Aug. 8 (Bloomberg) -- Nordic power for delivery in the fourth quarter rose to its highest level in more than three months as forecasts for dry weather fueled speculation that hydropower production will decline.
The Nordic benchmark rose 1.3 percent to 40.15 euros ($40.15) a megawatt-hour on Nasdaq OMX Group Inc.’s energy exchange in Oslo, after rising to 40.20 euros, the highest price since April 30. The contract has gained 7.9 percent this month, Nasdaq OMX data on Bloomberg show.
“A high-pressure-dominated weather outlook, with drier-than-average forecast, is the key driver for the advances,” Kjell Idar Saure, a trader at Tussa Kraft in Oersta, Norway, said today by phone. “The question is: Will the weather outlook buck, or will the trend continue?”
Less rain will reduce the oversupply of hydro power in the Nordic market, where more than half of its electricity is generated by running water through turbines. The oversupply may drop by 26 percent to 5.61 terawatt-hours in the next two weeks, according to Markedskraft AS data on Bloomberg. That compares with Denmark’s annual power demand of about 34 terawatt-hours.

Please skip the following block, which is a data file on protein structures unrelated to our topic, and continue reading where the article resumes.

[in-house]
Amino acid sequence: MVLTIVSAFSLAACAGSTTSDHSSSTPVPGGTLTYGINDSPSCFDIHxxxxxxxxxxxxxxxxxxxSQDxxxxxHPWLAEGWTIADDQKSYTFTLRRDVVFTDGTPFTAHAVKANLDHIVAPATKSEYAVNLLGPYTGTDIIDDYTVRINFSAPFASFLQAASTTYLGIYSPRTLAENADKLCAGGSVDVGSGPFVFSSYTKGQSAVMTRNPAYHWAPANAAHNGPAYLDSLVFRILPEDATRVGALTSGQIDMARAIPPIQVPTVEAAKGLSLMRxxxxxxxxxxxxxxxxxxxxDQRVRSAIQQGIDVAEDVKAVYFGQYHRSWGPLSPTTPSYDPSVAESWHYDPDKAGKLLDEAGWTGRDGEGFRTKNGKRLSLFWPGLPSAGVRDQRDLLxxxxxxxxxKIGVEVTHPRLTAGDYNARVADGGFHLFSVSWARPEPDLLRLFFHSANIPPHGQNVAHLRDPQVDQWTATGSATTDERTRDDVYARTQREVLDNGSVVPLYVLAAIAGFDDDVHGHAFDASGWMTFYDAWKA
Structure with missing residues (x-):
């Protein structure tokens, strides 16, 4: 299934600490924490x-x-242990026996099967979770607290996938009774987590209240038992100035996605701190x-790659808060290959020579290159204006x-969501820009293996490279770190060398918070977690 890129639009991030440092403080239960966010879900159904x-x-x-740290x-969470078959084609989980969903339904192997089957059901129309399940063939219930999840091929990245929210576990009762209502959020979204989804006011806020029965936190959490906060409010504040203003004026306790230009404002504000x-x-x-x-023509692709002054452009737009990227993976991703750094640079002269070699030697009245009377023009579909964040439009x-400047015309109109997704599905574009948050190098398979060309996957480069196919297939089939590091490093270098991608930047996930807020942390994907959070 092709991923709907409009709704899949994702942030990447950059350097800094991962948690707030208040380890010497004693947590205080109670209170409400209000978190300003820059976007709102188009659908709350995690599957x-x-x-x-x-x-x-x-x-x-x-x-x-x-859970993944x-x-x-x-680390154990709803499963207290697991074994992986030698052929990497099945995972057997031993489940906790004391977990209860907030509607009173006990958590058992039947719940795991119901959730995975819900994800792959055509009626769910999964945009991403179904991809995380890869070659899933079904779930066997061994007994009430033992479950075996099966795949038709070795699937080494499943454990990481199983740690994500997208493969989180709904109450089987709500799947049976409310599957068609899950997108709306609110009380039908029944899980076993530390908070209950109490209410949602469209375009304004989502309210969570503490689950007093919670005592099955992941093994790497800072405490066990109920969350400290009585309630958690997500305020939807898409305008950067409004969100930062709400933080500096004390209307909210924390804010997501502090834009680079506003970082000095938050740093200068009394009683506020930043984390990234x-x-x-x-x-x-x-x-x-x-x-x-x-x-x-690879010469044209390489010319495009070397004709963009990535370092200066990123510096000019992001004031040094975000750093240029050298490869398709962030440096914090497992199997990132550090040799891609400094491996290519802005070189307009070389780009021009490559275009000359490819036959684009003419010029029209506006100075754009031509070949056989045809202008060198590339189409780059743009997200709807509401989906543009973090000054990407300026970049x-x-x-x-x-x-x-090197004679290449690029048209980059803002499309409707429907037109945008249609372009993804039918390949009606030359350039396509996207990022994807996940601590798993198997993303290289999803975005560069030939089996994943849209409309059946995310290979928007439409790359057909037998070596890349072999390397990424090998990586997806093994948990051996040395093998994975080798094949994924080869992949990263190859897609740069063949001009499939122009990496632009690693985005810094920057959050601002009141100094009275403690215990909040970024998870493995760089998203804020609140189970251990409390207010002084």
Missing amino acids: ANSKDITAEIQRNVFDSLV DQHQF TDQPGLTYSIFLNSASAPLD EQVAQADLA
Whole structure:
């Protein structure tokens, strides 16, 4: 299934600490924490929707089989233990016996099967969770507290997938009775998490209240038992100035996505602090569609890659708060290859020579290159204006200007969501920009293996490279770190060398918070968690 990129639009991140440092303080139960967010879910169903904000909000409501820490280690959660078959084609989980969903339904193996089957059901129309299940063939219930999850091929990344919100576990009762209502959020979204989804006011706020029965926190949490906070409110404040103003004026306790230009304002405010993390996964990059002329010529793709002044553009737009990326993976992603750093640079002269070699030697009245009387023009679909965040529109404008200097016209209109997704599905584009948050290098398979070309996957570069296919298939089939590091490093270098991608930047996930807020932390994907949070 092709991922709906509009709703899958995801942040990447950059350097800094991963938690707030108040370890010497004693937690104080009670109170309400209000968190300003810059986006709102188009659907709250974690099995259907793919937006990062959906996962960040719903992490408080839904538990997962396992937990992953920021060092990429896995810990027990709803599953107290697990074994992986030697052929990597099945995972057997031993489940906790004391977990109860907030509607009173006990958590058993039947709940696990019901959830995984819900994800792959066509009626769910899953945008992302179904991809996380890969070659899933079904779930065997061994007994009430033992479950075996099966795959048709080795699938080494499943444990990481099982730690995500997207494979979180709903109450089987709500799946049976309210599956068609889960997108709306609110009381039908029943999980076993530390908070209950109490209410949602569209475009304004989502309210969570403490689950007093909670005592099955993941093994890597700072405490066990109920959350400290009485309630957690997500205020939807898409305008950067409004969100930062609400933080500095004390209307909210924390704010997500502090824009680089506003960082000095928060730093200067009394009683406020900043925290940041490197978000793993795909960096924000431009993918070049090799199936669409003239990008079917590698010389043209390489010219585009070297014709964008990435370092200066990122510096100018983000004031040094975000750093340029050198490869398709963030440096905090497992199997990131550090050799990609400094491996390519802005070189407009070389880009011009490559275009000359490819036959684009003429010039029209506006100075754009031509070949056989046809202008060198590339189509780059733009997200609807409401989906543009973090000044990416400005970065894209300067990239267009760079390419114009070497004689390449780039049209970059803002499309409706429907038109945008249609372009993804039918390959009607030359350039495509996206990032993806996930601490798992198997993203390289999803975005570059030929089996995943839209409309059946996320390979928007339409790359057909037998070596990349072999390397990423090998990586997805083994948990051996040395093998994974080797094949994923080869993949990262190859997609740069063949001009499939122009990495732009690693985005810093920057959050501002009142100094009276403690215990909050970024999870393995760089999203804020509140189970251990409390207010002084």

Electricity for delivery tomorrow rose 39 percent to 16.88 euros in an auction on Nord Pool Spot AS in Oslo.
Vattenfall AB, the region’s biggest utility, plans to extend annual maintenance at its 940-megawatt Ringhals-2 nuclear reactor in Sweden by four days from Oct. 18 to Oct. 22, “based on further developed logistics planning for several parallel time critical activities,” the company said today in a filing via the Nord Pool Spot AS exchange.
The outage will begin on September 15. Output will be limited to 807 megwatts until September 2013 when “modifications of valves in the auxiliary feedwater system will take place,” Vattenfall said.
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